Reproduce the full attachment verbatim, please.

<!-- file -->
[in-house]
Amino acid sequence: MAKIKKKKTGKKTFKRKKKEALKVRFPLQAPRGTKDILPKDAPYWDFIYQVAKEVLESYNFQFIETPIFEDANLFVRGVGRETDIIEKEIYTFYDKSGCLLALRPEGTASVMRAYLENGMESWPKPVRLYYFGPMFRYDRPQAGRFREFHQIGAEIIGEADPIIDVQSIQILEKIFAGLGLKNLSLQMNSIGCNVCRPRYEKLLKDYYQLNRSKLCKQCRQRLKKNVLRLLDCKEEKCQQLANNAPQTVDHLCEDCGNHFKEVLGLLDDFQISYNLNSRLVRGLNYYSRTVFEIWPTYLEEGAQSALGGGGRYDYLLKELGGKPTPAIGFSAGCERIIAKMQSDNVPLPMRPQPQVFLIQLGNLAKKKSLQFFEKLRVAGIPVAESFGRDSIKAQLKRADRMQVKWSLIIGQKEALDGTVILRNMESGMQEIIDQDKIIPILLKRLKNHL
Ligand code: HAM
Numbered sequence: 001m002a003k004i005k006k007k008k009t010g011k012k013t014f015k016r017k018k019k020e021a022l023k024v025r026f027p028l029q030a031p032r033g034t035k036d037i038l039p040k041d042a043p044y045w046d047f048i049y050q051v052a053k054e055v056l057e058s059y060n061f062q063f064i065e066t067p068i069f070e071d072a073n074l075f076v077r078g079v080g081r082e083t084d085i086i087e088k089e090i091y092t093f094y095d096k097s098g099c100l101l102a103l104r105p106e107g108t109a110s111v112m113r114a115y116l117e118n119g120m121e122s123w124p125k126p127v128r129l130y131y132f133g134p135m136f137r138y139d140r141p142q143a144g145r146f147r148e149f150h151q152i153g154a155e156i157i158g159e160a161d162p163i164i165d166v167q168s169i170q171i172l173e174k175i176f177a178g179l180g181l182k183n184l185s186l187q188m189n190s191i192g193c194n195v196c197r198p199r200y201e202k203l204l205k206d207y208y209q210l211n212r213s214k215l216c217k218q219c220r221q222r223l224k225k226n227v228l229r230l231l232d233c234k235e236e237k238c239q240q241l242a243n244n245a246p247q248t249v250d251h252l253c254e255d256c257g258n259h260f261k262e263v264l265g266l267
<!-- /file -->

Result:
[in-house]
Amino acid sequence: MAKIKKKKTGKKTFKRKKKEALKVRFPLQAPRGTKDILPKDAPYWDFIYQVAKEVLESYNFQFIETPIFEDANLFVRGVGRETDIIEKEIYTFYDKSGCLLALRPEGTASVMRAYLENGMESWPKPVRLYYFGPMFRYDRPQAGRFREFHQIGAEIIGEADPIIDVQSIQILEKIFAGLGLKNLSLQMNSIGCNVCRPRYEKLLKDYYQLNRSKLCKQCRQRLKKNVLRLLDCKEEKCQQLANNAPQTVDHLCEDCGNHFKEVLGLLDDFQISYNLNSRLVRGLNYYSRTVFEIWPTYLEEGAQSALGGGGRYDYLLKELGGKPTPAIGFSAGCERIIAKMQSDNVPLPMRPQPQVFLIQLGNLAKKKSLQFFEKLRVAGIPVAESFGRDSIKAQLKRADRMQVKWSLIIGQKEALDGTVILRNMESGMQEIIDQDKIIPILLKRLKNHL
Ligand code: HAM
Numbered sequence: 001m002a003k004i005k006k007k008k009t010g011k012k013t014f015k016r017k018k019k020e021a022l023k024v025r026f027p028l029q030a031p032r033g034t035k036d037i038l039p040k041d042a043p044y045w046d047f048i049y050q051v052a053k054e055v056l057e058s059y060n061f062q063f064i065e066t067p068i069f070e071d072a073n074l075f076v077r078g079v080g081r082e083t084d085i086i087e088k089e090i091y092t093f094y095d096k097s098g099c100l101l102a103l104r105p106e107g108t109a110s111v112m113r114a115y116l117e118n119g120m121e122s123w124p125k126p127v128r129l130y131y132f133g134p135m136f137r138y139d140r141p142q143a144g145r146f147r148e149f150h151q152i153g154a155e156i157i158g159e160a161d162p163i164i165d166v167q168s169i170q171i172l173e174k175i176f177a178g179l180g181l182k183n184l185s186l187q188m189n190s191i192g193c194n195v196c197r198p199r200y201e202k203l204l205k206d207y208y209q210l211n212r213s214k215l216c217k218q219c220r221q222r223l224k225k226n227v228l229r230l231l232d233c234k235e236e237k238c239q240q241l242a243n244n245a246p247q248t249v250d251h252l253c254e255d256c257g258n259h260f261k262e263v264l265g266l267